Author: Veronica Roth
Published: October 22nd 2013 by Katherine Tegen Books
Purchase: Book Depository | Amazon
Synopsis: The faction-based society that Tris Prior once believed in is shattered—fractured by violence and power struggles and scarred by loss and betrayal. So when offered a chance to explore the world past the limits she’s known, Tris is ready. Perhaps beyond the fence, she and Tobias will find a simple new life together, free from complicated lies, tangled loyalties, and painful memories.
But Tris’s new reality is even more alarming than the one she left behind. Old discoveries are quickly rendered meaningless. Explosive new truths change the hearts of those she loves. And once again, Tris must battle to comprehend the complexities of human nature—and of herself—while facing impossible choices about courage, allegiance, sacrifice, and love.
Allegiant was a funny sort of read for me. I feel so detached from the series I once loved and enjoyed so completely. The Divergent series was always built on a shaky foundation and in Allegiant it crumbles and falls apart though I bear no dislike towards the most raged about ending.
What bothered me most was the explanation of the current state of the world. It’s so inconsistent, the puzzle pieces jagged and wrong for each other. There were too many questions and plot holes stopping me from enjoying this book. I became quite critical while reading it, like I was analysing poorly written text rather than a story I cherish. In comparison to many dystopian books, the reasoning behind the current chaos was more detailed but it was also sloppy and confusing. Even if I suspended my disbelief of people fucking up the United States as much as they had (because seriously, what’s going on with the rest of the world?) I never understood the point of it all.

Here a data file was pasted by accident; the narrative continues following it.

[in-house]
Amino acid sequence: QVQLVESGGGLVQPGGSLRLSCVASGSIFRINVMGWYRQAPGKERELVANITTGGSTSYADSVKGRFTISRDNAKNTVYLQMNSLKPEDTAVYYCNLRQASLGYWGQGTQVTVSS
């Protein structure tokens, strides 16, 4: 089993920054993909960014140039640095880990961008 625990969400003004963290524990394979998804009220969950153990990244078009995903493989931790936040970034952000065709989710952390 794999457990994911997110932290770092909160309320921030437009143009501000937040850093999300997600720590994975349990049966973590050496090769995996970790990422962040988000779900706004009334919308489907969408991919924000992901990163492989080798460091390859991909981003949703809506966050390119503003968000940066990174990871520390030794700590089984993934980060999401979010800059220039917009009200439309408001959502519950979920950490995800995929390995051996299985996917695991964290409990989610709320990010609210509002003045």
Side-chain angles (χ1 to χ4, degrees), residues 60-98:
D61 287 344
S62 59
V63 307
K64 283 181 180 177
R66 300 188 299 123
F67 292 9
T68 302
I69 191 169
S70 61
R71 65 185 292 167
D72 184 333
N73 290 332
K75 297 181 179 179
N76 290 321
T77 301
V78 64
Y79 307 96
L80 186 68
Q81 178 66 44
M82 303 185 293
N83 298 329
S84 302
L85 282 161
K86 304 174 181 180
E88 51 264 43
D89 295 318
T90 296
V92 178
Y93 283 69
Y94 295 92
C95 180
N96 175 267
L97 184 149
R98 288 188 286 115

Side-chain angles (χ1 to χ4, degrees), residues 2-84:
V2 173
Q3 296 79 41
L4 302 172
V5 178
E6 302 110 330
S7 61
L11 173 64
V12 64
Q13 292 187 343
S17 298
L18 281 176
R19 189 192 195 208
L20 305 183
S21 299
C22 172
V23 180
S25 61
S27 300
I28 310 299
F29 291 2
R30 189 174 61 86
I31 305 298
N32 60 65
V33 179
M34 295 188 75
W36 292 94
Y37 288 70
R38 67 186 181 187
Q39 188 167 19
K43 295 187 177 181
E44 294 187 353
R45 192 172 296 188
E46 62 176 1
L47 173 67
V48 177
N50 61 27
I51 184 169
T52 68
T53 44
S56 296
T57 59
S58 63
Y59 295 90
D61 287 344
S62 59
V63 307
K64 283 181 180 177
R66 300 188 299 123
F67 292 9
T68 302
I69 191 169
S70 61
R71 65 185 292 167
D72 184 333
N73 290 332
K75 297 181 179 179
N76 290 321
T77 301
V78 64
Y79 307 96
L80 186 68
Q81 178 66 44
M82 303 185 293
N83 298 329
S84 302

I do not know if it was intentional but the POV’s from Tris and Four were so similar I could not distinguish their voices. It made me feel indifferent towards either character. Here was Four like we’ve never seen him before, vulnerable and insecure, angry and desperate yet I could not bring myself to care. All I felt towards him was frustration and disappointment. Had he not learnt anything from Tris in Insurgent? He was so easy to manipulate and while I can try to justify it by brushing it off to inner demons of abuse and insecurity it just seemed contrived.
Then there’s Tris, a character whom I admired and respected, described as plain and small yet strong suddenly evolves into this unicorn. A unicorn that is invincible, able to resist things unheard of. The fact that I am supposed to accept that Tris is special without any explanation cheapened the ending for me.
The pacing of the book is also different from its predecessors; it’s slow and halting often dumping tons of frustrating, poorly explained science into the laps of readers. Secondary characters die and drop like flies and it’s difficult to feel anything. New ones are introduced and again there’s little to care about because they all fall so flat. Even when things were coming to a climax I still felt confused and exasperated because by this point I had had enough. Conflicts are resolved so easily and conveniently, they felt like vessels to promote certain messages about love and sacrifice. Overall, it was a disappointing conclusion to the trilogy, the story was mess and there wasn’t enough room to develop the characters. It was just so lacking. As for some of the reasons I gave this 3 stars:
– The last 200 pages were still exciting and entertaining to read despite my frustrations.
– I really liked Christina.
– There were some beautifully written paragraphs and some particularly creative symbolism.
– I liked the glimpses of friendship and how important it is. I liked that males and females were shown to be friends, good friends, without it turning into romance.
– I’m still holding on to what I loved about the characters; Tris’ courage and steadiness, Four’s support and love, Christine’s loyalty and frankness.
– I really liked those last few chapters, when everything ends and there’s just the aftermath. Because that grief and pain makes the character seem genuine and human again.